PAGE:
Castellanos, Rosario (Vol. 67)
Rosario Castellanos 1925–-1974
Mexican poet, short story writer, novelist, and essayist.
The following entry presents criticism on Castellanos's short fiction from 1972 through 1999.
Castellanos is best known for works that reveal and challenge social hierarchies and systematic discrimination in her native Mexico. Using a tone of ironic humor, with which she mocked social conventions, Castellanos employed historical and religious metaphors to illuminate a cultural tradition of oppression in which women and native people are deprived of individual freedom. Personal concerns with solitude, depression, and mortality also recur throughout her works. She is recognized as a forerunner of Mexican feminism and a predecessor to many contemporary feminist literary critics.
Born in Mexico City, Castellanos was raised in Comitán, Chiapas, Mexico. Shunned by her parents in favor of her brother, Castellanos witnessed her brother's suicide and became a solitary child who retreated into literature. After her family's estate was appropriated by the Mexican government in the 1941 land reform plan, Castellanos began her studies in the College of Philosophy and Letters at the National University of Mexico in 1944. While at the university, she joined an international group of Hispanic writers known as the Generation of 1950. Following her parents' deaths in 1948, Castellanos published her first long poem, “Trayectoria del polvo,” on the subject of death. In 1950 she received her master's degree in philosophy and, subsequently, served as the cultural program director of Chiapas. In 1957 she married a university professor and gave birth to their son, Gabriel. Castellanos then worked as the information director of the National University of Mexico from 1960 to 1966. She traveled to the United States in 1967 as a visiting professor of Latin American literature at the universities of Wisconsin, Indiana, and Colorado, and chaired the Comparative Literature Department at the National University of Mexico upon her return home. By then divorced, in 1971 she was named ambassador to Israel by President Luis Echeverría. While in Israel she taught Mexican literature at the Hebrew University in Jerusalem and continued to write poetry, short stories, essays, and a play—all of which dealt with women's issues. Castellanos died accidentally of electrocution in 1974. Her body was returned to Mexico City, where she received a state funeral. Castellanos was buried in the Rotunda de los Hombres Illustros, a tomb reserved for Mexico's most respected leaders and heroes.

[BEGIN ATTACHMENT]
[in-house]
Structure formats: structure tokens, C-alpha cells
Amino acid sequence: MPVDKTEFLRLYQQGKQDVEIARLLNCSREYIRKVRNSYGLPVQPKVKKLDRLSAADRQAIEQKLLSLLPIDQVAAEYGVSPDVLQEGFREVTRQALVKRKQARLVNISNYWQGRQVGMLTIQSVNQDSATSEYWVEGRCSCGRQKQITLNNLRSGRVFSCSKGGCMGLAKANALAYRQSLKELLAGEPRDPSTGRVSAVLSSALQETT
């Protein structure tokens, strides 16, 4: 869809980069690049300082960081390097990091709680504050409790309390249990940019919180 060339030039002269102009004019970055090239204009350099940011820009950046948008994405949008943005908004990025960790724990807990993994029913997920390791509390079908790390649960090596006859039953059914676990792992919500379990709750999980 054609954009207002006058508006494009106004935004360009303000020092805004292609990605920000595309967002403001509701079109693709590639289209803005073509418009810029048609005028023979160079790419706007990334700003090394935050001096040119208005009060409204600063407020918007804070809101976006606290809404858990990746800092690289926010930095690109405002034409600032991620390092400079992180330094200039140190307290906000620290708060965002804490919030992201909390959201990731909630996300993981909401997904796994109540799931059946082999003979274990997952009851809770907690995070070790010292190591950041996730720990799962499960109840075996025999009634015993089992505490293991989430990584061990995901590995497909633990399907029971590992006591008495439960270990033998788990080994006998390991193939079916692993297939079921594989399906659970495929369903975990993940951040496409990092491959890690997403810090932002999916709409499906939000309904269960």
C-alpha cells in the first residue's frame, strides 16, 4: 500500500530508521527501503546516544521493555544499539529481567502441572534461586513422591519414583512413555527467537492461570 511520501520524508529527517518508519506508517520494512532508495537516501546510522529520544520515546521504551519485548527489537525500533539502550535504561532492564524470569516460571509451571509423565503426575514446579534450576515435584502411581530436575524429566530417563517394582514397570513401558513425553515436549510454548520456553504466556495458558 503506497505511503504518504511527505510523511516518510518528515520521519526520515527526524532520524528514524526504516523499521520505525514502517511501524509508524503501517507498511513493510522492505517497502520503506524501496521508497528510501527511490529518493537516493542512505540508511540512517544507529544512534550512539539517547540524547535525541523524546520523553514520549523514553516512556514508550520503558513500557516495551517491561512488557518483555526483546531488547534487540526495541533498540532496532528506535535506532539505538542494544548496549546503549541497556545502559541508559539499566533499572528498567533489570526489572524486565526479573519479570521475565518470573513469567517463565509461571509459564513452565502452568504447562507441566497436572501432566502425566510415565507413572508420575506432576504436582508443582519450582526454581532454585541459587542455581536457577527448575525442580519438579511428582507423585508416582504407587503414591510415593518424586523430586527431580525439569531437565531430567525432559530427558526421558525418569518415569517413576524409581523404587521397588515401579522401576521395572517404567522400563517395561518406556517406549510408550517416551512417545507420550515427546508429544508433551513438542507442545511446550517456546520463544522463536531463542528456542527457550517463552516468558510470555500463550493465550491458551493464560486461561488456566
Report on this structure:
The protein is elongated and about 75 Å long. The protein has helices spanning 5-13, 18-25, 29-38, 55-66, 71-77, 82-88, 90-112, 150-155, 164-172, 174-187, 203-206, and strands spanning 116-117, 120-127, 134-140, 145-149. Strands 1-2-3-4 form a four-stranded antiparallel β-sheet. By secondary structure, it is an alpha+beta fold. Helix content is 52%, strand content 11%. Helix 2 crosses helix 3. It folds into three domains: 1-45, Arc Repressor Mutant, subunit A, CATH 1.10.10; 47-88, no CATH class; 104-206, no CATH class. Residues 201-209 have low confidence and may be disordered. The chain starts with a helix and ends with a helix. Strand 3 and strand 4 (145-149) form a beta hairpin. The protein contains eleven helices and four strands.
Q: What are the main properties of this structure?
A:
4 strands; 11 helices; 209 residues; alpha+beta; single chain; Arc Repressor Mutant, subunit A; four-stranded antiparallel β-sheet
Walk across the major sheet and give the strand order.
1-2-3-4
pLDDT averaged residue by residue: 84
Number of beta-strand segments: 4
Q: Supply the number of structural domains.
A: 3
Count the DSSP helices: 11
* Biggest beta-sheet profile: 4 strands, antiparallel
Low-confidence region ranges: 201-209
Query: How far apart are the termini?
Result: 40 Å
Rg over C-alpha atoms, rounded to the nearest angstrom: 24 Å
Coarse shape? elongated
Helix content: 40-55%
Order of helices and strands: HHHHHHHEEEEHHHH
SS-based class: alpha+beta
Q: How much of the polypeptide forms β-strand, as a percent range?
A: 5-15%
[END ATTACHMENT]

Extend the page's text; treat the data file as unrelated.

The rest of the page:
Major Works of Short Fiction
Castellanos became aware of gross social and political inequities while growing up as a member of Mexico's wealthy land-owning class. On her parents' sugar and coffee plantation, she witnessed widespread and officially sanctioned discrimination against the native people who lived in and around Chiapas. As a woman in a male-dominated society, Castellanos was also faced with widespread misogyny. Consequently, injustices against women and minorities were the primary focus of her writings, including her three short story collections: Ciudad Real (1960; City of Kings), Los convidados de agosto (1964; Guests in August) and Album de familia (1971; Family Album). A related issue for Castellanos was language and the ways in which it is used to oppress and manipulate those outside the power structure. Many of Castellanos's stories feature characters who are kept outside of the mainstream by their lack of communication skills, or who simply do not speak the language of the dominant group. Critics have noted a distinct evolution in Castellanos's short fiction: the stories in City of Kings are set largely in the rural Mexican countryside, those in Guests in August in provincial towns, and in Family Album most of the stories take place in an urban Mexican setting. Additionally, critics have commented on Castellanos's increasing use of humor, frequently ironic, in her later stories, with characters—usually women—quietly but comically subverting the patriarchal status quo using whatever means are available to them in their proscribed domains.
Castellanos received international attention for her literary works. Some scholars note the importance of her difficult early life in fostering her writing career and formulating her literary themes. Others remark that her adept use of humor throughout her works helps to present more effectively the sensitive issues surrounding women's lives and the exploitation of Indians in Mexico. Several commentators have asserted that her commanding use of language deftly leads her readers towards an understanding of how language itself is the key to determining the social stature of people within Mexican society.
Ciudad Real [City of Kings] 1960
Los convidados de agosto [The Guests of August] 1964
Album de familia [Family Album] 1971
A Rosario Castellanos Reader: An Anthology of Her Poetry, Short Fiction, Essays, and Drama (poetry, short stories, essays, and plays) 1988
Another Way to Be: Selected Works (poetry, essays, and short stories) 1990
Apuntes para una declaración de fe (poetry) 1948
Trayectoria del polvo (poetry) 1948
Dos poemas (poetry) 1950
Sobre cultura femenina (essays) 1950
De la vigilia estéril (poetry) 1950
Presentación en el templo (poetry) 1951
El rescate del mundo (poetry) 1952
Balún Canán [The Nine Guardians] (novel) 1957
Poemas (1953-1955) (poetry) 1957